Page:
Together+, a campaign to combat xenophobia in South Africa by providing educational resources to empower people to embrace diversity, has been awarded a $50,000 Sappi Ideas that Matter grant. After a year of research, development, refinement, and two trips to Johannesburg, the grant will enable the together+ team to produce and distribute the first round of materials designed by students from the University of Notre Dame’s graphic design program in the Department of Art, Art History, and Design.

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Pope Benedict’s Lebanon Visit has 'Symbolic Value,' Theologian Says

Author: Michael O. Garvey

Categories: General News, Internationalism, Catholicism, and Faculty News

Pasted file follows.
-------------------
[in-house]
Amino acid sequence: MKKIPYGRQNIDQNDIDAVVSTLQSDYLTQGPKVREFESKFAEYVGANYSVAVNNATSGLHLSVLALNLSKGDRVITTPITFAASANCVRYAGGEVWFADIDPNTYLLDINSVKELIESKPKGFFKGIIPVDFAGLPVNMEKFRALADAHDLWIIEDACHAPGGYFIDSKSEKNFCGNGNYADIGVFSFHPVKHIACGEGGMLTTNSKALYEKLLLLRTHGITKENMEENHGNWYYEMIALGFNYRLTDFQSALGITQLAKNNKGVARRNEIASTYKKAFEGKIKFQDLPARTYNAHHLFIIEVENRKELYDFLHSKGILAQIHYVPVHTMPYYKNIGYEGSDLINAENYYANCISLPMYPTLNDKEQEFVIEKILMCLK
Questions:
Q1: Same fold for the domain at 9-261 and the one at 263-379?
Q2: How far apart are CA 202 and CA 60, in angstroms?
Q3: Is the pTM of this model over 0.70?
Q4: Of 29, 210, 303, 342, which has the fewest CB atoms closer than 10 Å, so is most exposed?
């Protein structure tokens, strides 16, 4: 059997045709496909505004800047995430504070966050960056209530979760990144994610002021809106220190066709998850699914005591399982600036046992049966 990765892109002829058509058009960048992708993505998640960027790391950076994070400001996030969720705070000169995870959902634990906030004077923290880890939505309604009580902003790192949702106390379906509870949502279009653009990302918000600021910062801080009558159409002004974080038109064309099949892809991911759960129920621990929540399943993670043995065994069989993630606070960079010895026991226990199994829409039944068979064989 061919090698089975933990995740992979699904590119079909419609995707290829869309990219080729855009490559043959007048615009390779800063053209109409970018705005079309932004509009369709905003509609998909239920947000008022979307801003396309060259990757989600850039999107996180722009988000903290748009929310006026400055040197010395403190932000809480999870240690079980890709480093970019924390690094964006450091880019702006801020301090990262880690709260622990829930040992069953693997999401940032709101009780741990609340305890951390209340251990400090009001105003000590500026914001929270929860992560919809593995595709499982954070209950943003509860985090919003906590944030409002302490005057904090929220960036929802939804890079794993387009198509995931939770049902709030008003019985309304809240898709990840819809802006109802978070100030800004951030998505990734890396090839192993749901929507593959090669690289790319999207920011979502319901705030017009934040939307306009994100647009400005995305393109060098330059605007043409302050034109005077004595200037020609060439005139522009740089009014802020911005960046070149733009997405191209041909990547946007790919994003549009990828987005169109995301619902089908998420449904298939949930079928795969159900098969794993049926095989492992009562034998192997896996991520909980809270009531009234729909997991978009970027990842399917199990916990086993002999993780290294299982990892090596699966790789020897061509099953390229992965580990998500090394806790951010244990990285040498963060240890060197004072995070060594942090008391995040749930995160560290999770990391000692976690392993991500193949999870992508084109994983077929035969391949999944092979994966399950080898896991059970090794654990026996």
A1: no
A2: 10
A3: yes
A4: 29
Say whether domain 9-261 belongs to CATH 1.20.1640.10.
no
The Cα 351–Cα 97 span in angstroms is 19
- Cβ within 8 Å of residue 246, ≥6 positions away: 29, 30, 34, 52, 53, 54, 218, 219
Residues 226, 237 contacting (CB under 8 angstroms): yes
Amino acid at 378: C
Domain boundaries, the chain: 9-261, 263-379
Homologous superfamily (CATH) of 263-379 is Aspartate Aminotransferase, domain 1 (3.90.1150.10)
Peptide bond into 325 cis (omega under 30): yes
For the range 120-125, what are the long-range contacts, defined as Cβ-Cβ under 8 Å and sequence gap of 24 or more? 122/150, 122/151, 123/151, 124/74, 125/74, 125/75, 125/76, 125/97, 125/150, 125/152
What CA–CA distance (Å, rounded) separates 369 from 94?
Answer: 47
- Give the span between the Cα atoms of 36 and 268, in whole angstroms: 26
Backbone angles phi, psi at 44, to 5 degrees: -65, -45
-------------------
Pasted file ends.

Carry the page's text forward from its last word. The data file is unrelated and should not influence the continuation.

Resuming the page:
Pope Benedict XVI is in Beirut today (September 14), beginning a three-day visit to Lebanon and a Middle East region convulsed by religious violence ignited by the release of an online movie trailer which mocks the Prophet Mohammed. Gabriel Said Reynolds, Tisch Family Associate Professor of Theology at the University of Notre Dame, believes that the Pope’s visit couldn’t be more timely.

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Ted Mandell: From Classroom to Stadium to Third World

Author: Mike Danahey

Categories: General News, Alumni, Internationalism, Arts, and Faculty News

As a documentary filmmaker, a faculty member in College of Arts and Letters’ Department of Film, Television, and Theatre (FTT), and a producer for Fighting Irish Digital Media, Ted Mandell ’86 quite literally sheds light on the University of Notre Dame’s traditions of social justice and student athletics. What unites his approach to these roles, says Mandell, is a commitment to show the human side of every story—and help his students learn to do the same.